Such a concert my friend Lowell attended when he wrote this exquisite fragment:
"Or in low murmurs they began
"And then like minute-drops of rain
The second part of the concert, according to the programme, was to consist of a new work by Herr Regenbogen himself. I awaited its commencement with curiosity not altogether free from apprehension; for so complete had been his success as an interpreter of the grand conceptions of others, that I feared he would be unable to maintain the interest he had aroused. A perfect conductor is not necessarily a composer, any more than a consummate actor is a poet or rhetorician. I knew that if there were any new orchestral effects possible we should have them. The harmonies would undoubtedly be at once massive and flowing, and the utmost good taste would temper the whole; but the freshness of originality might after all be wanting. I did not know Herr Regenbogen.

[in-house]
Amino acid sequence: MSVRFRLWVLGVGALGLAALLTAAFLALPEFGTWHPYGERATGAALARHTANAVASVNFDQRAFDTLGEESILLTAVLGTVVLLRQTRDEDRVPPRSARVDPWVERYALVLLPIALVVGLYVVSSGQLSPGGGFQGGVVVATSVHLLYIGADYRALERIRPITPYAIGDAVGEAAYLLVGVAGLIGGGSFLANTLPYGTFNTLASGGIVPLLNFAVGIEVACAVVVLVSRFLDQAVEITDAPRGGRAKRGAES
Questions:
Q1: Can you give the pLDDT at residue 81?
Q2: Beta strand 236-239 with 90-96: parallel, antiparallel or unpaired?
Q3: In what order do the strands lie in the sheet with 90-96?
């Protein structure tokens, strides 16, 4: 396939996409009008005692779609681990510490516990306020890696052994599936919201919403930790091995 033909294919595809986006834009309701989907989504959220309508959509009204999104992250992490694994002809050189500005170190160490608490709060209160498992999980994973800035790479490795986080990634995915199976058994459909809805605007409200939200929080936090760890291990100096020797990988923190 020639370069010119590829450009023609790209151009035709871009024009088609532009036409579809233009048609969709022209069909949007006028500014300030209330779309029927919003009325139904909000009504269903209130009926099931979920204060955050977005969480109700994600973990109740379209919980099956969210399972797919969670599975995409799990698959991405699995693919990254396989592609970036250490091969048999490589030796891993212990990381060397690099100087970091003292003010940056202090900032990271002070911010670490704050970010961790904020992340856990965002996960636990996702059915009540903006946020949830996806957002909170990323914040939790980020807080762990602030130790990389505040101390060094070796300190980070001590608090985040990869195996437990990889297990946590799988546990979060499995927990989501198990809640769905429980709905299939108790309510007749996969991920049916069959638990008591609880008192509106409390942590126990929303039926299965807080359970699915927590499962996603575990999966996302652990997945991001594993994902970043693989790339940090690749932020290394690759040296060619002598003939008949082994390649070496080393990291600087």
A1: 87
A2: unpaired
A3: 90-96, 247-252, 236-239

After a brief prelude the second symphony began; before a dozen measures were performed my apprehensions were at an end. The structure of every phrase showed the master; and the melody, salient, clearly defined, and bearing a meaning, beyond words, aflected me inexpressibly. As the painter who aims to portray the human form in various attitudes, and under the influence of different emotions, patiently studies anatomy, and reproduces on his canvas the minutest effect of muscular action in the living model, so, it seemed to me. Herr Regenbogen had studied the anatomy of the soul, until he knew how to awaken every sensation of which it is capable. Whatever effects he had observed in performing the works of the great masters, these he had used as studies in the treatment of the subject. With him the representation of the melting strain of love, the eager joy of hope, the fierce shout of rage, and tho sullen tone of despair, was not an accidental lucky hit; nor were his symbols mere conventionalisms; so exquisite was their adaptation, there was no mistaking the composer's drift; you rushed on with the music, and felt every emotion it was designed to portray. What wonderful force now attended each modulation, while with this music piercing to the innermost soul, the atmosphere displayed its chromatic changes!